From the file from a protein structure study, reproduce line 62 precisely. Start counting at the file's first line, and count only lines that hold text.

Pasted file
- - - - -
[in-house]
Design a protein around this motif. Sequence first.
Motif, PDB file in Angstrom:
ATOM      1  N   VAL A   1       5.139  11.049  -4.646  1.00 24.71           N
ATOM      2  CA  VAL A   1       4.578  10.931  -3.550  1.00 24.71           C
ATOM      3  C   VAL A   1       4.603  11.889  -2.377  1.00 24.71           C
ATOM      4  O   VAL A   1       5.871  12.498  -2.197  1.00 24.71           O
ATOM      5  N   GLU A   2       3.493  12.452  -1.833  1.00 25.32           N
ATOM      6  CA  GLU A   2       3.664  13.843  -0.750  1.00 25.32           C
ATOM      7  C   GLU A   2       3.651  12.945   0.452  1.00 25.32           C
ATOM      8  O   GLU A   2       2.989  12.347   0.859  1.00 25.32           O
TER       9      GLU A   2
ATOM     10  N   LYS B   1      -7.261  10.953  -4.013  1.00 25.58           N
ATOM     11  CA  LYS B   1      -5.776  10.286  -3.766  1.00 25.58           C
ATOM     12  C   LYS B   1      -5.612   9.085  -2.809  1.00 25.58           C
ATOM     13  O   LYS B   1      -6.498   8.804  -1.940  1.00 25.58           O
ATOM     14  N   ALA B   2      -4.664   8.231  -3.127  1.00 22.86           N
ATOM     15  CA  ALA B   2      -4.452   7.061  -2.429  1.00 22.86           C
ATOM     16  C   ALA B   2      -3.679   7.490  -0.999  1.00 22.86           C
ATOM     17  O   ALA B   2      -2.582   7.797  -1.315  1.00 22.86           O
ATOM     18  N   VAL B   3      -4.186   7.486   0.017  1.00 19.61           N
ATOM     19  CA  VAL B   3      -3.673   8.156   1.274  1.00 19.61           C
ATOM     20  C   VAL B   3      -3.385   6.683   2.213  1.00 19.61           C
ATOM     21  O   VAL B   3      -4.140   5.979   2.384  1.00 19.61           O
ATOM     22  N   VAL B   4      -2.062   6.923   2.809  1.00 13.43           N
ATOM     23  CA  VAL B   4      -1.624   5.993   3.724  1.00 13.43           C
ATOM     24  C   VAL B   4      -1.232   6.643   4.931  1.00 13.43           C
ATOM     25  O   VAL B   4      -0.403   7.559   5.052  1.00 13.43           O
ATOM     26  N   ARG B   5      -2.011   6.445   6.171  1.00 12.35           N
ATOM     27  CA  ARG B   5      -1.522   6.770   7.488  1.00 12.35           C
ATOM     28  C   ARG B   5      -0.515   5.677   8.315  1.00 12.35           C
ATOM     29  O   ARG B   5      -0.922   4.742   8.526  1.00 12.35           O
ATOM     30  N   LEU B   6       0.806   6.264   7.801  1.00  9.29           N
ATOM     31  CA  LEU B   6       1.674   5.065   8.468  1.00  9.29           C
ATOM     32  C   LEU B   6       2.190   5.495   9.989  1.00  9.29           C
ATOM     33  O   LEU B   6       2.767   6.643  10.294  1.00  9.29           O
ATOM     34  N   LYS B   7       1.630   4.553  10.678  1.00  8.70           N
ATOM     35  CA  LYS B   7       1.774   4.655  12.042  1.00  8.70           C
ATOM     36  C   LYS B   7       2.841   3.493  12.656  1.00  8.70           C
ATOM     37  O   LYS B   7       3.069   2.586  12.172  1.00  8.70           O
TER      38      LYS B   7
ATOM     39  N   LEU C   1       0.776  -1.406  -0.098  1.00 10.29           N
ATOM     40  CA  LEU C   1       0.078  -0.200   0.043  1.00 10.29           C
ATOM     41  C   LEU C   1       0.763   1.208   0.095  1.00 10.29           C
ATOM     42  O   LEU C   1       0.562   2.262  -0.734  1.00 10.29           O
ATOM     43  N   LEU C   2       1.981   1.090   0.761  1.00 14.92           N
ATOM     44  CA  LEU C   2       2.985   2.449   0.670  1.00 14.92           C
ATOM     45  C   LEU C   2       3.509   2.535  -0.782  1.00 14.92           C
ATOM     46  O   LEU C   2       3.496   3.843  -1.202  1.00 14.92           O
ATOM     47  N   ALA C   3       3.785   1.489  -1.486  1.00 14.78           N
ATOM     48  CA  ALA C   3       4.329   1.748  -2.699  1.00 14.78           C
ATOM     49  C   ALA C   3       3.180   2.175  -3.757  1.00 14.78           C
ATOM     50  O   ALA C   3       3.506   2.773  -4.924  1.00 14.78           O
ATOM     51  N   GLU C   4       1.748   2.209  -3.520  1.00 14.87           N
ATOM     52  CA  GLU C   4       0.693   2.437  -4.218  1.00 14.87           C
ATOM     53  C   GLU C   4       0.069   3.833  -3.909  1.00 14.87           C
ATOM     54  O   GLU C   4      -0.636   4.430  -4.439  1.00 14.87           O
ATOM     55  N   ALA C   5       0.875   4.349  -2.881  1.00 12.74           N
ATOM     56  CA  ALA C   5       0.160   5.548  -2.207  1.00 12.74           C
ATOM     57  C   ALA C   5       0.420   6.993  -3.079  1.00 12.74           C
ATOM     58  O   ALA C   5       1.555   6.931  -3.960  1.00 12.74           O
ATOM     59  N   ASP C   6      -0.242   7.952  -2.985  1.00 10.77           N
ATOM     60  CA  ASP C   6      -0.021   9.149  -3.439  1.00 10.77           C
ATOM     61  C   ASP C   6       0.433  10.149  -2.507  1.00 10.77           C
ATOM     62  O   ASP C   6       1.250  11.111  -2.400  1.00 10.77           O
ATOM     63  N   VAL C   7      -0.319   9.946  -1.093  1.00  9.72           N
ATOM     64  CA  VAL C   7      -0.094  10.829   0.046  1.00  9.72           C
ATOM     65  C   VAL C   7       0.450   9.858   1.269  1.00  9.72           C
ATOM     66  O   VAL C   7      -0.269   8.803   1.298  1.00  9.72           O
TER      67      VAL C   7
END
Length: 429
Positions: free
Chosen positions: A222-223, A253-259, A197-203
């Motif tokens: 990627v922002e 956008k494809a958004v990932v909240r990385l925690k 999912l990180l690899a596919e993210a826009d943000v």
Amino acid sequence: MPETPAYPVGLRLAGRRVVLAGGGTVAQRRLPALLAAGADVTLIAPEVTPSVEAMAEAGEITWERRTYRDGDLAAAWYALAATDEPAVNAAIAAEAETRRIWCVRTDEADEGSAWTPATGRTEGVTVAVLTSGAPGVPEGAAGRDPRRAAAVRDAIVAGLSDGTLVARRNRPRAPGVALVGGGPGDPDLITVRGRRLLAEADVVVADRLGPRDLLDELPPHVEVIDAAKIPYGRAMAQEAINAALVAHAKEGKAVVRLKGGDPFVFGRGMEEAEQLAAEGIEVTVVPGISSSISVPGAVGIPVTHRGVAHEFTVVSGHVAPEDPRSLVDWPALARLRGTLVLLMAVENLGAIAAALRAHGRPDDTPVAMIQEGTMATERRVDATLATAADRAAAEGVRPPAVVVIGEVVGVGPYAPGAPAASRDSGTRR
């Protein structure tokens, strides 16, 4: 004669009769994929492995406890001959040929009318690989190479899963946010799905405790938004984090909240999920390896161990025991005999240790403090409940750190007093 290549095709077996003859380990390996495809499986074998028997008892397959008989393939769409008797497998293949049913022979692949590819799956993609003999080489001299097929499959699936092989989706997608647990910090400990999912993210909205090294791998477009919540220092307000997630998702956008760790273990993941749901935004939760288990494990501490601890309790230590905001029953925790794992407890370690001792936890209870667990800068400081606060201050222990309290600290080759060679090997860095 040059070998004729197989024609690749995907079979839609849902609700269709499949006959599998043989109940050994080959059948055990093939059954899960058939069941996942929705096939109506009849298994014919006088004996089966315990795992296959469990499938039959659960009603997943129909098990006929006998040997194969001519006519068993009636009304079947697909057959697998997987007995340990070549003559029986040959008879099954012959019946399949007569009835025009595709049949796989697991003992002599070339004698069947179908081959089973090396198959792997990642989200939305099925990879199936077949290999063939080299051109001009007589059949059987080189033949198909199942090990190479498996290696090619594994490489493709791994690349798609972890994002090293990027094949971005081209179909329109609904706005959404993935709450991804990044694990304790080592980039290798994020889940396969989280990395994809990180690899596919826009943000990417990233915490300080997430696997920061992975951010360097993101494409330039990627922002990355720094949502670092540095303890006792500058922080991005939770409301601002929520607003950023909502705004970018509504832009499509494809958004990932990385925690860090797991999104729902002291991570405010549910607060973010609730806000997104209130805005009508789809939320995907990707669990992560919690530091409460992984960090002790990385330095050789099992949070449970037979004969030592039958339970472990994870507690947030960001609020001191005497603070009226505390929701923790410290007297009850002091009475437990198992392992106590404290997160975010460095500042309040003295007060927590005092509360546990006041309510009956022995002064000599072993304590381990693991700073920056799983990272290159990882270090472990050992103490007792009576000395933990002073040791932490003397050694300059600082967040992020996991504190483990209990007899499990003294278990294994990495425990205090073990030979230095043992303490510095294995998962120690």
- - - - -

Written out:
ATOM     59  N   ASP C   6      -0.242   7.952  -2.985  1.00 10.77           N